Pupils at a city school are on a mission to grow plants which are out of this world.
Hill View Infant School has been chosen to take part in a space project to grow seeds brought back to earth by British astronaut Tim Peake from the International Space Station.
Excited youngsters at the Helvellyn Road school are thrilled to be embarking on this voyage of discovery.
Tammy Crompton, head teacher at the Wearside school, said they were thrilled to be one of the schools chosen to take part in such an important project.
In September, 2kg of rocket seeds were flown to the International Space Station where they will spend several months in microgravity before returning to Earth.
The seeds have been sent as part of Rocket Science, an educational project launched by the Royal Horticultural Society Campaign for School Gardening and the UK Space Agency.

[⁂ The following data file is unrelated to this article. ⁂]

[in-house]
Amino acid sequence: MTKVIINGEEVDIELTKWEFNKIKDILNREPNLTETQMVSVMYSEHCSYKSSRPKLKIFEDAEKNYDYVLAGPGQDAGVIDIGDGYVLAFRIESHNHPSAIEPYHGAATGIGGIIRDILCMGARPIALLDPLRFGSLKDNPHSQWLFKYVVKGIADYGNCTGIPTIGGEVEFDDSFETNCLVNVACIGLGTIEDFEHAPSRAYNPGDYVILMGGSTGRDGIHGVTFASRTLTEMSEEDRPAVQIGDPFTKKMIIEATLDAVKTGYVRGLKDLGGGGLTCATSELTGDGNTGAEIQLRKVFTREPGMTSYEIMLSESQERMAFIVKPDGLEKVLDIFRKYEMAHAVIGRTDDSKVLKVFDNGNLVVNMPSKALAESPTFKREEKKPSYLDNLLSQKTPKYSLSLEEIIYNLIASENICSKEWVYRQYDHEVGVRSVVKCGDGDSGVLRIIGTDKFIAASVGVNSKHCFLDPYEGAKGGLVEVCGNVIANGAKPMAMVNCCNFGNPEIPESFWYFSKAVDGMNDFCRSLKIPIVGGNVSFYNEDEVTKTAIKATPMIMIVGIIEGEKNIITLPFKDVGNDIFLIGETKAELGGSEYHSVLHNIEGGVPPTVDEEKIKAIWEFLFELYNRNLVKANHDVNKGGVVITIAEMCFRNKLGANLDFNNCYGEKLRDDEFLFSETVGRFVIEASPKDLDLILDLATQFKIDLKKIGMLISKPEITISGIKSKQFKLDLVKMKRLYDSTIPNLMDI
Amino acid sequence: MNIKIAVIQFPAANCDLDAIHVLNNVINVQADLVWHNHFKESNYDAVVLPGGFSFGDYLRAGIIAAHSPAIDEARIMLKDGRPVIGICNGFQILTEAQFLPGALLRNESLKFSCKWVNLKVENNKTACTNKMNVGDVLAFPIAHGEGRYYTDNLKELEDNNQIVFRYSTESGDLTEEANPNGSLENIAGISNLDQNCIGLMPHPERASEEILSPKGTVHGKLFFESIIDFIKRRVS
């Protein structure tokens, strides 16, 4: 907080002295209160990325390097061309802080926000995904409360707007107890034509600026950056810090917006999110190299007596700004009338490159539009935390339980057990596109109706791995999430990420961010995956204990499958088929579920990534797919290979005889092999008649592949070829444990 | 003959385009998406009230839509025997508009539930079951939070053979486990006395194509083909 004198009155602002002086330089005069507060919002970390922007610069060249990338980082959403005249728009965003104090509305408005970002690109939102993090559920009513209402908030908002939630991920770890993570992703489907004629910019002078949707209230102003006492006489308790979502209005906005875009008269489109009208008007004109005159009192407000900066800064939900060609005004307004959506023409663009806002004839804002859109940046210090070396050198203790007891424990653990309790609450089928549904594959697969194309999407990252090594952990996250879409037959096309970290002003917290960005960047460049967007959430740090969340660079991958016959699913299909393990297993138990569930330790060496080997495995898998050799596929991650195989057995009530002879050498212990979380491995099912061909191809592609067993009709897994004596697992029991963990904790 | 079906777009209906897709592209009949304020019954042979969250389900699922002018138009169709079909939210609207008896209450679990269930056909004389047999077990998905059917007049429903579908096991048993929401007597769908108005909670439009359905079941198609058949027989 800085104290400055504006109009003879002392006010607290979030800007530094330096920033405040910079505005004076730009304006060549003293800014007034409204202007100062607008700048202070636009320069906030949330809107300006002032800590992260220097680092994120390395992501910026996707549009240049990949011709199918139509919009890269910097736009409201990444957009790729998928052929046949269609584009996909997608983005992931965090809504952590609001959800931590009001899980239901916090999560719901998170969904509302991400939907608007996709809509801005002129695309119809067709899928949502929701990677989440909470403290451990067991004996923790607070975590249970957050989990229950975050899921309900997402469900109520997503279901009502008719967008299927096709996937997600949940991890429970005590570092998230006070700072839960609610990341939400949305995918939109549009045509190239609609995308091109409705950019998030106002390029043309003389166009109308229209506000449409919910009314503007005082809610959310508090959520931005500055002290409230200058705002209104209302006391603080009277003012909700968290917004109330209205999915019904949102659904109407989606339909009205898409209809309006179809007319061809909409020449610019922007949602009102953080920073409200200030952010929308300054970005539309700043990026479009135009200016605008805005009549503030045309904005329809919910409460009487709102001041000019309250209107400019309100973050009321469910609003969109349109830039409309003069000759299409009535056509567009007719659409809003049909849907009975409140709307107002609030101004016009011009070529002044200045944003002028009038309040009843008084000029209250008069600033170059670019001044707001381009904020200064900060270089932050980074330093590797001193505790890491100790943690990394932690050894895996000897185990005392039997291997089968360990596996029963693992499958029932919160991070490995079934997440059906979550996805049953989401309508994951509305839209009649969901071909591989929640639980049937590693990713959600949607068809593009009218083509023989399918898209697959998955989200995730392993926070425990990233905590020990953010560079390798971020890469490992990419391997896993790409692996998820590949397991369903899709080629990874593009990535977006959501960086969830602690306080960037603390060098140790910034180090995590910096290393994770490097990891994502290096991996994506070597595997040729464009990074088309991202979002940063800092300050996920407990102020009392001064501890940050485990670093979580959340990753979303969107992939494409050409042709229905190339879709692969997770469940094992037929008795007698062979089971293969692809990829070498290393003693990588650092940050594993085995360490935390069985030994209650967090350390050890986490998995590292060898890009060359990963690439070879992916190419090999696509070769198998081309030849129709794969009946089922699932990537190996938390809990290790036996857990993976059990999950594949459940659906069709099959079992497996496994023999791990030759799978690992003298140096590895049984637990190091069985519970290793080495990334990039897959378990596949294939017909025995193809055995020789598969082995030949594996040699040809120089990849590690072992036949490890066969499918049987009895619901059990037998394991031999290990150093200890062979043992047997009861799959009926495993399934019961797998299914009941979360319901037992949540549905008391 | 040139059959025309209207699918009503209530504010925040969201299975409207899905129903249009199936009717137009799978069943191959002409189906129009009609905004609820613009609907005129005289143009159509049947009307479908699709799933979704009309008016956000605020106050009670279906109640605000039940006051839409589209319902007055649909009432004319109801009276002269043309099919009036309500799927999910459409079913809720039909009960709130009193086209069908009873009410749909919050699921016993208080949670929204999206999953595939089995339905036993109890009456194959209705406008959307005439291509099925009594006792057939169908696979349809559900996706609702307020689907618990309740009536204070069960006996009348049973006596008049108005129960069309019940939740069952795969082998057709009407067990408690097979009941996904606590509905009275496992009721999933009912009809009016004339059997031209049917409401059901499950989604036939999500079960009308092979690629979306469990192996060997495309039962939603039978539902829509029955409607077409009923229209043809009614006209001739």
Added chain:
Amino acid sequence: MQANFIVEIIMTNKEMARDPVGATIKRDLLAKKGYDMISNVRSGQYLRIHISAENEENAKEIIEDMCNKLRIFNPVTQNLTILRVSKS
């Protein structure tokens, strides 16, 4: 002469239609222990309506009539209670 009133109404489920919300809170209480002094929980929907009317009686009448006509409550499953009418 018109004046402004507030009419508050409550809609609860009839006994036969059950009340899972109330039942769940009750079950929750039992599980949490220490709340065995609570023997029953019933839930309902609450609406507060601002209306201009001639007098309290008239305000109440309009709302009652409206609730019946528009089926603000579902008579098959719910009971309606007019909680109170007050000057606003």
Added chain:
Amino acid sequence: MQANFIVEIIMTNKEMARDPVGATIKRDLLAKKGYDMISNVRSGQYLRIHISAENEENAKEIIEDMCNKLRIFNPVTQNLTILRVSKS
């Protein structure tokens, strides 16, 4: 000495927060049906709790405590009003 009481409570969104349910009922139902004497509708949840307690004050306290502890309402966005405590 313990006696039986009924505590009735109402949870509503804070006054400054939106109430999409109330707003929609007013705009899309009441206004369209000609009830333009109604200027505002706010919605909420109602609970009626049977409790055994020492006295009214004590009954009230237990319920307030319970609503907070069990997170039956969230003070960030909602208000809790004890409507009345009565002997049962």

Hill View will be one of the schools to receive a packet of 100 seeds which they will grow alongside normal seeds and measure the differences over seven weeks.
The children won’t know which seed packet contains which seeds, until all results have been collected by the RHS Campaign for School Gardening and analysed by professional biostatisticians.
The science experiment will enable the children to think more about how we could preserve human life on another planet in the future, what astronauts need to survive long-term missions in space and the difficulties surrounding growing fresh food in challenging climates.
Catherine Scott, Year 1 teacher at the city school, said: “We are very excited to be taking part in Rocket Science. This experiment is a fantastic way of teaching our children to think more scientifically and share their findings with the whole community.”
Rocket Science is just one educational project from a programme developed by the UK Space Agency to celebrate British ESA astronaut Tim Peake’s mission to the ISS and inspire young people to look into careers in Stem (science, technology, engineering and maths) subjects.